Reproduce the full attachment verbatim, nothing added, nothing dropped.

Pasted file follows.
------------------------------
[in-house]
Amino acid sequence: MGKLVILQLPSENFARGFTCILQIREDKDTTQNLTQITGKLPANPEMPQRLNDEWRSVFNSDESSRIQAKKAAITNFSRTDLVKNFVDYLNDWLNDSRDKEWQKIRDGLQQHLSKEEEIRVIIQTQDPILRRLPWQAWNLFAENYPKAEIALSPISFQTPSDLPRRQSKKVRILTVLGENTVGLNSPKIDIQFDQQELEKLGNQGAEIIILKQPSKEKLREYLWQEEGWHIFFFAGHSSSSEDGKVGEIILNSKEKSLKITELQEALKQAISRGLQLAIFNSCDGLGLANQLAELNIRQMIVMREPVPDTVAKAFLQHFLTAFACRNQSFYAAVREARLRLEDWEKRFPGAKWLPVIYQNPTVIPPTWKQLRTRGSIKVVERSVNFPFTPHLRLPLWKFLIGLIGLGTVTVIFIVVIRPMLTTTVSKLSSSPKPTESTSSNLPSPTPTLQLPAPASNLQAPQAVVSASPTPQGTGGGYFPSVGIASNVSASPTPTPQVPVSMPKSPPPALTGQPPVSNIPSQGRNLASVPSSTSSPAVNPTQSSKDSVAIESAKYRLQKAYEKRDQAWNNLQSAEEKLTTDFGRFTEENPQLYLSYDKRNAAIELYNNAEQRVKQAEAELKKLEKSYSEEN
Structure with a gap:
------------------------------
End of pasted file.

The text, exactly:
[in-house]
Amino acid sequence: MGKLVILQLPSENFARGFTCILQIREDKDTTQNLTQITGKLPANPEMPQRLNDEWRSVFNSDESSRIQAKKAAITNFSRTDLVKNFVDYLNDWLNDSRDKEWQKIRDGLQQHLSKEEEIRVIIQTQDPILRRLPWQAWNLFAENYPKAEIALSPISFQTPSDLPRRQSKKVRILTVLGENTVGLNSPKIDIQFDQQELEKLGNQGAEIIILKQPSKEKLREYLWQEEGWHIFFFAGHSSSSEDGKVGEIILNSKEKSLKITELQEALKQAISRGLQLAIFNSCDGLGLANQLAELNIRQMIVMREPVPDTVAKAFLQHFLTAFACRNQSFYAAVREARLRLEDWEKRFPGAKWLPVIYQNPTVIPPTWKQLRTRGSIKVVERSVNFPFTPHLRLPLWKFLIGLIGLGTVTVIFIVVIRPMLTTTVSKLSSSPKPTESTSSNLPSPTPTLQLPAPASNLQAPQAVVSASPTPQGTGGGYFPSVGIASNVSASPTPTPQVPVSMPKSPPPALTGQPPVSNIPSQGRNLASVPSSTSSPAVNPTQSSKDSVAIESAKYRLQKAYEKRDQAWNNLQSAEEKLTTDFGRFTEENPQLYLSYDKRNAAIELYNNAEQRVKQAEAELKKLEKSYSEEN
Structure with a gap: